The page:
Vaporize him!One of the great things about the current state of electronic text is how much information and advice is available free on-line for the asking—concentrations of expertise in answer sites like Quora, as well as pre-published content available through search engines.

But when it comes to important matters such as medical advice, there’s an amazing amount of misinformation out there. It seems a lot more people enjoy giving medical advice than are really qualified to give it.

One problem is, when it comes to giving out advice, doctors are sadly underrepresented in social media. A CNet report explains that a number of commonly-held perceptions about doctors often limit their ability to participate.

Part of it is that doctors are reluctant to make medical pronouncements on patients about whom they know very little. (Reputable doctors, anyway—that didn’t stop one alleged physician from declaring Steve Jobs had weeks to live based on looking at a picture of his butt!) Also, doctors are worried that if they are seen posting a lot of comments on-line, it will look as if they aren’t paying enough attention to their jobs in real life. One doctor who ceased blogging about his daily practice explained:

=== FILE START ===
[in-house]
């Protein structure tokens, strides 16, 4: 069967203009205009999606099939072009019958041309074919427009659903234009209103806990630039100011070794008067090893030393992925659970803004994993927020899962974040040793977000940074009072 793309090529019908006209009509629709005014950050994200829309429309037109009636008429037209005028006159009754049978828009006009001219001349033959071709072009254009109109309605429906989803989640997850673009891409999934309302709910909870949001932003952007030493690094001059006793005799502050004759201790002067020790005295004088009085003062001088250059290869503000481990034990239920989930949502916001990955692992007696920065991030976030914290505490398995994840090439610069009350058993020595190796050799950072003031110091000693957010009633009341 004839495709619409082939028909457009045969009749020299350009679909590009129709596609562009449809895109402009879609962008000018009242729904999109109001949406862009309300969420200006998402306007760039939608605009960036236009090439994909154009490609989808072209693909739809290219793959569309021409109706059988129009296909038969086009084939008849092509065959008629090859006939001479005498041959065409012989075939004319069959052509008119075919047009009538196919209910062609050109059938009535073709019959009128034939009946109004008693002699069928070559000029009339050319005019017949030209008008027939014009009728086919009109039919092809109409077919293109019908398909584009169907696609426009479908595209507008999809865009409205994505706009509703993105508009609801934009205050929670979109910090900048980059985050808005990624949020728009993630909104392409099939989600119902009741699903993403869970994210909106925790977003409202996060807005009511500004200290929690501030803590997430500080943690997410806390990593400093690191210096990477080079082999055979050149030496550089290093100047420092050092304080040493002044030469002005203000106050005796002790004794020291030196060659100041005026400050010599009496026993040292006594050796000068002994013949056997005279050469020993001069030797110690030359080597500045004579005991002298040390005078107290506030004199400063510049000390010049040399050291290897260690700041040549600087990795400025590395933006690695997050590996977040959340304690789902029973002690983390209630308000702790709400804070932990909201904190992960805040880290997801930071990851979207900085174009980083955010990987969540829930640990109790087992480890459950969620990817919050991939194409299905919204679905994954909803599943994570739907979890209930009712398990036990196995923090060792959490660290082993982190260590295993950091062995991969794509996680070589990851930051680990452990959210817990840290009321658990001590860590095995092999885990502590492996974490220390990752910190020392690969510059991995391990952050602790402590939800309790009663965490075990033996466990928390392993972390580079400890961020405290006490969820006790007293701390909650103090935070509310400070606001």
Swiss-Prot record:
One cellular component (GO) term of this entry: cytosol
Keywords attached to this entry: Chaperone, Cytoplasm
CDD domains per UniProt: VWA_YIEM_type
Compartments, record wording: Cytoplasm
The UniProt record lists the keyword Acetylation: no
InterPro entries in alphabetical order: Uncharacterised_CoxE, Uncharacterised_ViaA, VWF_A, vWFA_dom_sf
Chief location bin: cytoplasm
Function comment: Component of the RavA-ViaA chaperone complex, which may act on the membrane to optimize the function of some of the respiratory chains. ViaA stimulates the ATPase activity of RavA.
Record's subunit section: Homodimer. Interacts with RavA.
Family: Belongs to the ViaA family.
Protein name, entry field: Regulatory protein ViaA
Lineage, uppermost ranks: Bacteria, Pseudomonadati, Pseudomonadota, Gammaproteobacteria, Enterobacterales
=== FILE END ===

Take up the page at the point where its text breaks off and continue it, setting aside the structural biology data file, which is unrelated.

"I took a lot of heat from it among doctors, old doctors, and I actually stopped doing it because I thought I’d rather blog about the health care industry rather than what I was doing in my practice," [Dr. Jay] Parkinson told CNET. He also said that a doctor with a social-media presence may be more exposed to scrutiny from state authorities with the power to revoke a medical license. "Doctors are guilty until proven innocent in the eyes of the state. It has nothing to do with malpractice or anything like that…It’s your life on the line; it’s your livelihood."

As much spurious medical advice as there is floating around on-line, though, it would be good if doctors could find a way to balance their professional obligations with social media. Though nothing is going to prevent people from cherry-picking the advice they want in any event.


  1. My dad works in the financial industry, and he says much the same thing–that since he is a licensed professional, anything he says can and will be used against him in court. If he were just some schmoe, then he’d be immune from liability.

The TeleRead community values your civil and thoughtful comments. We use a cache, so expect a delay. Problems? E-mail